What is hypertrophy training

Hypertrophy training is training with the aim of increasing the volume of the muscles. In humans, such an increase cannot be achieved by increasing the number of cells (hyperplasia), but only by increasing the size of the individual cells (hypertrophy).

How does hypertrophy of the muscle come about?

Like other cells, muscle cells need an incentive to grow. This can, for example, be a growth messenger (e.g. testosterone) or increased stress.
Muscle training leads to hypertrophy in two ways: on the one hand, high stress consumes more energy than can be supplied by the cell's metabolism.
There is a lack of energy and an increase in metabolic products that are formed under stress, for example lactate.
These substances trigger a signaling pathway that primarily expands the elements responsible for providing energy and enables the cell to burn more oxygen.
This mainly increases the endurance performance of the muscles, less the maximum strength and the muscle cross-section.

The direct mechanical load plays a greater role in increasing the muscle cross-section.
Muscle fibers are connected to one another by adhesive elements to prevent the muscle from tearing apart. If these adhesive elements are heavily used or even injured (microtraumas), a signal path is triggered that leads to increased protein production.
Other cells (satellite cells) in the vicinity of the muscle are also integrated into the muscle fibers in order to enable higher protein production. The principle of hypertrophy training is based on using these mechanisms.
First, a training stimulus is set that exceeds the load capacity of the muscles. Degeneration occurs, i.e. an injury to the muscles, followed by regeneration, in which the injured structures are repaired.
The mechanical stimulus leads to supercompensation. In this phase, a training stimulus can restart the process.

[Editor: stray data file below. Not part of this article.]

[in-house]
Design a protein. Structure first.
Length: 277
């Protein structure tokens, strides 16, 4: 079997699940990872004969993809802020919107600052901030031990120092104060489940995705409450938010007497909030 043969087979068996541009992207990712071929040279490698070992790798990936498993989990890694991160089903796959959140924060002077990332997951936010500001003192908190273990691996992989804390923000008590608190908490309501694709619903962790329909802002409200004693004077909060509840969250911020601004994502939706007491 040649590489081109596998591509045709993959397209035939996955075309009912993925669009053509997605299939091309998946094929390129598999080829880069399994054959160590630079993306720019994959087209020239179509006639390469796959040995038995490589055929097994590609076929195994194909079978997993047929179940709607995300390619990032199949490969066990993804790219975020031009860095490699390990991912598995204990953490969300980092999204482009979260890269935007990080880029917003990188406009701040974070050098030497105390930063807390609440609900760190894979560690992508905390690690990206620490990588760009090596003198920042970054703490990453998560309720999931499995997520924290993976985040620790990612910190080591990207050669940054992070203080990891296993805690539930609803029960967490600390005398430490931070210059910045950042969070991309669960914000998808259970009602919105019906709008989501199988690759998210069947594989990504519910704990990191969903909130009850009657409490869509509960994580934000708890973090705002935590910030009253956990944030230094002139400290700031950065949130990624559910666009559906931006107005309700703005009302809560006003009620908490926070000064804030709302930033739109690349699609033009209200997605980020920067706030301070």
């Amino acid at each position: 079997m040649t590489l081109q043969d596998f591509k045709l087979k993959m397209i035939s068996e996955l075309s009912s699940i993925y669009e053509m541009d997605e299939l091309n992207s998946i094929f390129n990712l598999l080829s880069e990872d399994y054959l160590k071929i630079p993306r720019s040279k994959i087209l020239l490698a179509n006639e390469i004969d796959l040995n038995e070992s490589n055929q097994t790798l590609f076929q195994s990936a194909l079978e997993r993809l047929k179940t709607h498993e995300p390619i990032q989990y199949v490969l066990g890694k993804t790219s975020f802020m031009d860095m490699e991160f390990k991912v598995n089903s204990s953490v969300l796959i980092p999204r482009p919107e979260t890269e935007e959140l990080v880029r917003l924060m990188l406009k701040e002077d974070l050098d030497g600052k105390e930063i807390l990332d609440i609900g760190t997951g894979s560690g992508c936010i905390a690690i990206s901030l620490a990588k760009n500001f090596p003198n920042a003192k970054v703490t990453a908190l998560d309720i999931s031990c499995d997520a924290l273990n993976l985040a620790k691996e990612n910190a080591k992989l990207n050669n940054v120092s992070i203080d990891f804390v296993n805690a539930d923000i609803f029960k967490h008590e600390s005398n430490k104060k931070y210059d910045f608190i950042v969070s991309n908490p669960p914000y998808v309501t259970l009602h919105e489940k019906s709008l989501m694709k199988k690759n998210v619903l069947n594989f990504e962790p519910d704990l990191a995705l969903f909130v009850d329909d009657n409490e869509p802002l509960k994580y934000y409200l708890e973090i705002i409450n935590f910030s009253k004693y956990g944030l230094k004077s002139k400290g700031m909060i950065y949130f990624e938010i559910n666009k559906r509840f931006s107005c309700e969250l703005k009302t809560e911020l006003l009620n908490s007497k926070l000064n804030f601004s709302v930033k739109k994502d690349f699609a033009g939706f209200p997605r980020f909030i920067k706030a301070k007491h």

Also read: Muscle building - strength training for muscle growth

Prostate hypertrophy

The man's prostate is a gland underneath the urinary bladder that produces some of the sperm fluid. Not only the vas deferens run through the prostate, but also the initial part of the urethra. The prostate is also contained in a tight capsule. If the organ increases in size, the urethra is compressed, making urination more difficult. The increase in size of the prostate occurs in almost all men of older age. The cells of the prostate become both larger (hypertrophy) and more numerous (hyperplasia). The increase in size of the prostate is usually referred to in technical jargon as benign prostatic hyperplasia (benign means that it is a harmless increase in cells - in contrast to prostate cancer).

Symptoms of prostate hypertrophy are delayed urination, weakened urine stream, residual urine sensation and constant urge to urinate without being able to urinate properly. At an advanced stage, the bladder is incompletely emptied with the risk of inflammation and, even later, urine accumulates in the kidneys, which can lead to kidney damage and kidney failure. (Read more about the Prostate enlargement symptoms)
Prostatic hypertrophy can be treated with two different groups of drugs. Alpha-receptor blockers such as tamsulosin relax the internal bladder sphincter and improve symptoms. 5α-reductase inhibitors such as finasteride prevent the processing of the hormone testosterone and thus weaken the growth stimulus that the hormone exerts on the prostate. At an advanced stage, the prostate can be reduced in size through the urethra mechanically or by means of a laser. Another possible therapy method is the surgical removal of the prostate.

Click here for the article Therapy of prostate enlargement.

Causes of Hypertrophy

Hypertrophy can arise through different mechanisms. Messenger substances (hormones) can trigger hypertrophy. There are a number of growth factors such as "growth hormone" that are released during childhood growth phases and lead to the growth of bones, muscles and other organs. Sex hormones not only lead to the development and growth of primary and secondary sexual characteristics, but also to muscle growth in the case of male sex hormones. The long-term effects of sex hormones lead to prostatic hyperplasia, which is very common among older men.

However, hypertrophy can also result from metabolic and mechanical stimuli. Increased mechanical stress with damage to the cells leads to hypertrophy of the muscles, while endurance exercise leads to hypertrophy of the heart. However, hypertrophy can also be pathological. Some heart diseases are accompanied by hypertrophy as compensation and excessive hypertrophy of the heart due to exercise can lead to a pathological change in the heart. Another example is the hypertrophy of the thyroid gland in Graves' disease, in which the thyroid gland is strongly stimulated and hypertrophied by a malfunction of the immune system.